Behavior Driven Development in Perl

Testing is hard - not necessarily to do, but to start with - it is so hard, that yet I haven't started writing tests for my code and I considered this to be a handicap for me as a developer.

I've heard about this Behavior Driven Development stuff ( BDD ) and I said to give it a try.

After some research to see what is available for Perl, I found Pete Sergeant's Test::BDD::Cucumber module and although it's only at version 0.05, it is usable and functional.

Comming back to BDD, the main idea behind it is that your user stories are your tests. As an implication, you could get to the stage where your business analysts write your tests (with little, or even no developer intervention).

I like this BDD stuff because it was really easy to get started with. It was so easy, that during a weekend I learned what is all this about (without any kind of previous experience or background in writing tests), prepared a short presentation on Behavior Driven Development with Perl, and also implemented some Feature Based Tests to the Mojolicious Boilerplate (about which you can read here ).

Some of the tests from the Boilerplate are passing and some are failing (most probably because there is no content in the Test::Mojo object used for testing the application) but I am not in hurrying to make them pass - because other people could use those failing tests as a starting point for learning BDD.

In conclusion, I don't like the name Behavior Driven Development, mainly because it is not reflecting what its core focus (like TDD does for Test Driven Development). I think it was more appropriate to name it Feature Driven Development, or User Story Based Driven Development, but I think the ruby fellows that started this Cucumber wanted to leave the impression of a fresh start so they have chosen some name totally unrelated to the content.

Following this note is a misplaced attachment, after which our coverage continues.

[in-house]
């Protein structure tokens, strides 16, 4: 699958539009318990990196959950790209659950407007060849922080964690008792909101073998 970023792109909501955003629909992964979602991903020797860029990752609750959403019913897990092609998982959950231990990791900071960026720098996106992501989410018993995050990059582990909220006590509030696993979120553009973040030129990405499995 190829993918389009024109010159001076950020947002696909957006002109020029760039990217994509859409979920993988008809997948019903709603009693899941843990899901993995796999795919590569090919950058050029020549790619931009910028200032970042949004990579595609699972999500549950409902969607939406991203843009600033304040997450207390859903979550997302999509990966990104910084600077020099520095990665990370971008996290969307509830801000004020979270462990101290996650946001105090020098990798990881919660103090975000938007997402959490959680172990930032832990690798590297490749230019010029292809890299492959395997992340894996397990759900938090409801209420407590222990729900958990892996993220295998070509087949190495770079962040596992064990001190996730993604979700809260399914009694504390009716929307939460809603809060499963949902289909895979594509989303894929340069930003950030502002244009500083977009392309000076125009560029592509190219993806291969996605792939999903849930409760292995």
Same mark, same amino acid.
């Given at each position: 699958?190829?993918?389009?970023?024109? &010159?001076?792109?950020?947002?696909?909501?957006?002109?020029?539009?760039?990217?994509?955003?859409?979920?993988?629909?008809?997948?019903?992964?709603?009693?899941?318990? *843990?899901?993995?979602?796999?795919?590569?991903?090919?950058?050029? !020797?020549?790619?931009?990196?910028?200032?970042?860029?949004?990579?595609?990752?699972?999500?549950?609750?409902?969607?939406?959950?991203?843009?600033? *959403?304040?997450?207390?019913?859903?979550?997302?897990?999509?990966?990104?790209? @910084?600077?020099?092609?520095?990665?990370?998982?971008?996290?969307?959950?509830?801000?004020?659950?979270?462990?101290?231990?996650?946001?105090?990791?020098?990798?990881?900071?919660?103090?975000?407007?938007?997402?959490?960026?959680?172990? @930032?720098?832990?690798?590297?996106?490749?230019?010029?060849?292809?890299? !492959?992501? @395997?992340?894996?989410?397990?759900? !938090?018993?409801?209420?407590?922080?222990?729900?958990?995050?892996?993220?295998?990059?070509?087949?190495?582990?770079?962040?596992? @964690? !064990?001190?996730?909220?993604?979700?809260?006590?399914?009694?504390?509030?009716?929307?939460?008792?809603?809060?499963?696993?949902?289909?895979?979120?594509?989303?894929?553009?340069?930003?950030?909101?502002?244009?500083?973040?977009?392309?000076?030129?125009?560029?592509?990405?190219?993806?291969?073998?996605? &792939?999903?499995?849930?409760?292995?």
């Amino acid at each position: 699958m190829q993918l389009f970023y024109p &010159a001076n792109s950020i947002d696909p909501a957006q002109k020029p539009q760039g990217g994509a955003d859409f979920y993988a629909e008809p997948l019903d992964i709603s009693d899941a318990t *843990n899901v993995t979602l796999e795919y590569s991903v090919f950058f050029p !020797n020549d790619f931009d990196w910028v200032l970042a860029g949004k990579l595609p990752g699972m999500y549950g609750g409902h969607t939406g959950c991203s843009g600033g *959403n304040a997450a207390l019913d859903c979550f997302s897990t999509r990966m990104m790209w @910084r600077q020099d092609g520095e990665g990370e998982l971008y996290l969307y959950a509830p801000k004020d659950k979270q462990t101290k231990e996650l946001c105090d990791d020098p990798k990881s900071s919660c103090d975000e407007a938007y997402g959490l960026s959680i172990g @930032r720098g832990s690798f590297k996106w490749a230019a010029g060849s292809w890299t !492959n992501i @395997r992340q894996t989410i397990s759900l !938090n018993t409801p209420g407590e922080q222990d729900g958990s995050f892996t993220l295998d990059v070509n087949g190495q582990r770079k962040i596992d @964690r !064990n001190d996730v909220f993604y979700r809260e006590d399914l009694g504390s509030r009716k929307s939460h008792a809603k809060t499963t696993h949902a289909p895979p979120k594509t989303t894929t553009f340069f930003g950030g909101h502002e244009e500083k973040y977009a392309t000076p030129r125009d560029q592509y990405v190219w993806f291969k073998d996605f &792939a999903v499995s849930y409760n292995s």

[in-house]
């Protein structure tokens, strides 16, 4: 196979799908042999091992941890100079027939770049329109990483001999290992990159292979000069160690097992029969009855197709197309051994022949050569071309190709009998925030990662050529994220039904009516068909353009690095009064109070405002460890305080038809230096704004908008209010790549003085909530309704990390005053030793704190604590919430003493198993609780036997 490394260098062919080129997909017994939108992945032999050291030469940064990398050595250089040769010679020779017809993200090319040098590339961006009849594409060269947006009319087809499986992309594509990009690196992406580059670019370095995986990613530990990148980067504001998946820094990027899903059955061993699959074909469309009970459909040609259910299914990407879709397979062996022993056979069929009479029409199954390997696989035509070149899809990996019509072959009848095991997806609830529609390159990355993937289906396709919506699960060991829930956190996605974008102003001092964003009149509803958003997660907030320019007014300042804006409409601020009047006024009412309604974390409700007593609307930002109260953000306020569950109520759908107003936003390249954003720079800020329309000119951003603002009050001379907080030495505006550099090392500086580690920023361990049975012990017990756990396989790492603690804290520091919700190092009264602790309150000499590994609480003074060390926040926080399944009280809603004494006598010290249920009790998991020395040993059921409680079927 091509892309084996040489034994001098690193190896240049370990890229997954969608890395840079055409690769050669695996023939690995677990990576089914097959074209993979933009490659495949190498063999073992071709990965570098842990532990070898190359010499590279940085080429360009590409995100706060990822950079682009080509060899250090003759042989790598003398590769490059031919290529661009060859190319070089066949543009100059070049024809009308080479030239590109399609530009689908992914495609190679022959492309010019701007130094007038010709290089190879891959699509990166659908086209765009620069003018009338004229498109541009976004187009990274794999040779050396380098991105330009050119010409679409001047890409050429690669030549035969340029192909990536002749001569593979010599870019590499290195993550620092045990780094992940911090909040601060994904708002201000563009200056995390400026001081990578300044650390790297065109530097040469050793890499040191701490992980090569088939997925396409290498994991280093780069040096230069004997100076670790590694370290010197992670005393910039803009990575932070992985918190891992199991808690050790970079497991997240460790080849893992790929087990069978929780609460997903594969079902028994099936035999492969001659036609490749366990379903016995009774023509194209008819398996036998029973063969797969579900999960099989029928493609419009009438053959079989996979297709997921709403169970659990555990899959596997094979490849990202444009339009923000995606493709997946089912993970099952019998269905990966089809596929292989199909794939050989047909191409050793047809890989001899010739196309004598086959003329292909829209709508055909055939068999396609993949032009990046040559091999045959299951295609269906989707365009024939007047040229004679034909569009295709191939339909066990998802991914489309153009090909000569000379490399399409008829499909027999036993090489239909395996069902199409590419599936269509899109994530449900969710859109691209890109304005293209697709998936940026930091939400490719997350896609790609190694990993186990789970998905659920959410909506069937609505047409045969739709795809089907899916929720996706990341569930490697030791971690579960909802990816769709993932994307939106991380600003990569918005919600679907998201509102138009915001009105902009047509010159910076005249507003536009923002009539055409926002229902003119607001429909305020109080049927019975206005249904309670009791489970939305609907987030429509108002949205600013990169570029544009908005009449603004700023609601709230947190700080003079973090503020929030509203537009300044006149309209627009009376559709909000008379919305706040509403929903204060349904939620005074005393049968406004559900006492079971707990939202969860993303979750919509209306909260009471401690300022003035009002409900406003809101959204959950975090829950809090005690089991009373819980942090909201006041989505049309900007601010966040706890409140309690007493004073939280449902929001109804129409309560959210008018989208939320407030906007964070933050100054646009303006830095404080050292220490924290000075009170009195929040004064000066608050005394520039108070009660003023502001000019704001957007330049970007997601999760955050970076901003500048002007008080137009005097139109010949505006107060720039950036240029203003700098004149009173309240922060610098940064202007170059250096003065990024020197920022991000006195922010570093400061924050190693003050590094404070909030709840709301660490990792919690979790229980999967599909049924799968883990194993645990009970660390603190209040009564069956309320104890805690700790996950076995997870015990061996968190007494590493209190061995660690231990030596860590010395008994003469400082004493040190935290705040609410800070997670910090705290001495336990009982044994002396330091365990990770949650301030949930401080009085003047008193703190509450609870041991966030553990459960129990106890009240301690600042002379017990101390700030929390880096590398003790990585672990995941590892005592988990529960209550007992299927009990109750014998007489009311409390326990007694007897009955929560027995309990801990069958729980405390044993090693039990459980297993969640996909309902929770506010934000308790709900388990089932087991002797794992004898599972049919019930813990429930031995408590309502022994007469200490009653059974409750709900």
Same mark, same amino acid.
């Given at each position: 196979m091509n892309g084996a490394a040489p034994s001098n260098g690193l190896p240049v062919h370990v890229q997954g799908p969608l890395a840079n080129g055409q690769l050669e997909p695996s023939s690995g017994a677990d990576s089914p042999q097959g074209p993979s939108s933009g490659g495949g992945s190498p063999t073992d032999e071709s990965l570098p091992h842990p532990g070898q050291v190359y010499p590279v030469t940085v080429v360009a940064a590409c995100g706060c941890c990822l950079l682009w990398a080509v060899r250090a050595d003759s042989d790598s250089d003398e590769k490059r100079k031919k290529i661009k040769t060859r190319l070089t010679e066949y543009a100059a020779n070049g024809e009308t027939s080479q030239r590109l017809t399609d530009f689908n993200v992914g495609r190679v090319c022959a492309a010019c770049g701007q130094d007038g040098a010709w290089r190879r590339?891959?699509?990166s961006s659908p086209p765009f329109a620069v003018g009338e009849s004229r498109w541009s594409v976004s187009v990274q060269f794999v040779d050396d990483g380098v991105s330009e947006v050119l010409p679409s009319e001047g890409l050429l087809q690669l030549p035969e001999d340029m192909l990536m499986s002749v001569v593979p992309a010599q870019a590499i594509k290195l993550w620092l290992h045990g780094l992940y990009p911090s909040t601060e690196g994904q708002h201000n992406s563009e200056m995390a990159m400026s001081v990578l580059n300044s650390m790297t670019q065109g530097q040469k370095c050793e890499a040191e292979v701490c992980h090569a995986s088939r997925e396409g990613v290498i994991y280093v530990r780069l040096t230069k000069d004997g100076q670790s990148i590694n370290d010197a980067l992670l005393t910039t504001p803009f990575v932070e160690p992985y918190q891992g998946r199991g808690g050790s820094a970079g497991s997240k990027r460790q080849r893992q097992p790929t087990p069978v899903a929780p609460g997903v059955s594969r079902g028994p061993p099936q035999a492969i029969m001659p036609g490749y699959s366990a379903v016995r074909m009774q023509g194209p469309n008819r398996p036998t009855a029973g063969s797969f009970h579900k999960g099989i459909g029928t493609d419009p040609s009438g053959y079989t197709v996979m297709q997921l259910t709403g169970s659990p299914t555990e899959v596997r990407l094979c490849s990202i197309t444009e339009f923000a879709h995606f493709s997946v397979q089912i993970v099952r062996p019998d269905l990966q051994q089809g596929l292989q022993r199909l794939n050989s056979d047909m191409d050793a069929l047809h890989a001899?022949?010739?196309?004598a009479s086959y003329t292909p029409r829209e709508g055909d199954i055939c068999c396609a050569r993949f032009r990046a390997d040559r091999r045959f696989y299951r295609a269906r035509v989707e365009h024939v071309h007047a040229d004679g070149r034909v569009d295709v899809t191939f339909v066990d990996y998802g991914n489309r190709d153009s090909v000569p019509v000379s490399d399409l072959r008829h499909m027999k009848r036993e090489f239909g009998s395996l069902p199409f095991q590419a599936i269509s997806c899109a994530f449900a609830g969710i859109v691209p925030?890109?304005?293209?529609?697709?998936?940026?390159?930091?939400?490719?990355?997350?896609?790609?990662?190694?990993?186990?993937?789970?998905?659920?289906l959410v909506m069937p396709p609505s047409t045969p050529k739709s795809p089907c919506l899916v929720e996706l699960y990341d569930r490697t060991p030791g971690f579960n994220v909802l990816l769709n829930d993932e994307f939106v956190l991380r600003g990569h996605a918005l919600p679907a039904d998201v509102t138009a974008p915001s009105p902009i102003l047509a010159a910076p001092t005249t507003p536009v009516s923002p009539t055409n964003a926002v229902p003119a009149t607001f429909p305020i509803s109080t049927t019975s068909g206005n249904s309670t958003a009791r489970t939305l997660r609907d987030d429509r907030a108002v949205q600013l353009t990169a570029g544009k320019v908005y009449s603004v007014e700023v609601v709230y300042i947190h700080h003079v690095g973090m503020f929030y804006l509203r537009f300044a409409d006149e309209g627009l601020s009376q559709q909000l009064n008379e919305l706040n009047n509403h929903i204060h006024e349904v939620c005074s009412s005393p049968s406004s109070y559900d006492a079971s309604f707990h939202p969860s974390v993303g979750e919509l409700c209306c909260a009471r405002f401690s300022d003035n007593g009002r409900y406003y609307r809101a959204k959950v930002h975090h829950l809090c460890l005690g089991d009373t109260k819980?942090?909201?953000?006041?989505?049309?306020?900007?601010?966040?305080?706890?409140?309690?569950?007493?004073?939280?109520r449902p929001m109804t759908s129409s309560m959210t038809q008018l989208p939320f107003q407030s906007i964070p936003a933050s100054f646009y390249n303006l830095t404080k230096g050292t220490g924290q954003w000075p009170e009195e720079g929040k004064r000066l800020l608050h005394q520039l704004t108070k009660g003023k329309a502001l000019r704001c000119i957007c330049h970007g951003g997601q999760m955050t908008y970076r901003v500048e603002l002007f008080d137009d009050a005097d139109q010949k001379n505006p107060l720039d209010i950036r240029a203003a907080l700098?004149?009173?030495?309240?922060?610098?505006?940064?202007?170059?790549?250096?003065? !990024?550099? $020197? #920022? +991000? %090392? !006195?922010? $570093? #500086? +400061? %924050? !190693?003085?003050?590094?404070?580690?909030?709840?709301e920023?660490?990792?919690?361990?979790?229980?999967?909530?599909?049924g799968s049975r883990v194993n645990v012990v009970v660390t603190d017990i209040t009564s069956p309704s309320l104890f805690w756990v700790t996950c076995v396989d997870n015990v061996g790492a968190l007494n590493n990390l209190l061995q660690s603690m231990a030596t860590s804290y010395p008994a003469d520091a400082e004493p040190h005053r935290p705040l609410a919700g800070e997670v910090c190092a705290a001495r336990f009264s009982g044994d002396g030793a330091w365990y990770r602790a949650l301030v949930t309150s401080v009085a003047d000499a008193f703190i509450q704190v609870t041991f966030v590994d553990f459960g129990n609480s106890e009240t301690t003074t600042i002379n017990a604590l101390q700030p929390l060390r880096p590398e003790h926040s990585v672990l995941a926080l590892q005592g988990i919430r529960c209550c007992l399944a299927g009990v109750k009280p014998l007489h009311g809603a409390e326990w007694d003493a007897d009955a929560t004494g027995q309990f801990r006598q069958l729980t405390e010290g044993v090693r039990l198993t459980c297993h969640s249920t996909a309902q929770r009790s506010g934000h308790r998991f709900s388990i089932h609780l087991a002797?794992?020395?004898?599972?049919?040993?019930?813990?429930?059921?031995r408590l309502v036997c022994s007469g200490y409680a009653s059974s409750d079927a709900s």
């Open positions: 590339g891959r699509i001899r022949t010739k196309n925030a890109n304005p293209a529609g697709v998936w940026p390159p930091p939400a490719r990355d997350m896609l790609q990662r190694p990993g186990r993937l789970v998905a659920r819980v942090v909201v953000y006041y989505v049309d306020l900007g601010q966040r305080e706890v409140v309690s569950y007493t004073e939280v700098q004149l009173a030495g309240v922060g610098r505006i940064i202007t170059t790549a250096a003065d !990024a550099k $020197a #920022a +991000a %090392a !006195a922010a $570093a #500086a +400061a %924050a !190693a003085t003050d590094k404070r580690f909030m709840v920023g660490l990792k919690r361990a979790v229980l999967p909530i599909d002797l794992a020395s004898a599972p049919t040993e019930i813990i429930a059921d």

If you like my BDD presentation and want to learn/use BDD, I warmly recommend Pete's rich documentation which in my opinion makes a much much better job in getting you up and running with BDD than does the ruby Cucumber site.

For myself, until I'll get the chance to take part to one of Gabor Szabo trainings on Perl Test Automation, or I'll get the time to have an overview on the plenitude of Perl Testing Modules and how they work, I'll be focusing on this BDD,


I too have inspired recently by BDD. I think the name holds as each scenario tests a usage-pattern and not just methods.

Furthermore, I've looked at the ruby Cucumber docs and Test::BDD::Cucumber and decided to roll-my-own parser for fun which is available here:

It sounds very nice but in the real world I find that:

  • No analysis has been done.
  • The requirements are are hodgepodge of ideas thrown together.
  • The developers are kept far away from the customers.
  • Test cases are created when there's time for them (meaning never).

I wish I could implement BDD just it doesn't seem possible in the foreseeable future. :(

Hi Tudor,

I'm glad you're enjoying using Test::BDD::Cucumber! Please let me know how you get on, and which features you're interested in - at the moment, development is very much driven by what people are missing. I've added tag support and fixed the implementation of Background sections as a result of user input so far (in the two releases since the once you linked to).

Hi Al,

I'm curious as to why you started your own Cucumber implementation - were there features missing from Test::BDD::Cucumber you were relying on?

Hey Pete,

No, Test::BDD::Cucumber is great and from what little I've seen of the source code, it follow the Cucumber spec whereas mine doesn't.

I wrote my own merely for fun, also I wanted more control over how feature specifications are parsed and how tests are run.

Test::Qcmbr is not coupled with a testing framework nor does it provide facilities for testing, its sole purpose is to parse features specs and provide sugar functions for stepping through scenarios.

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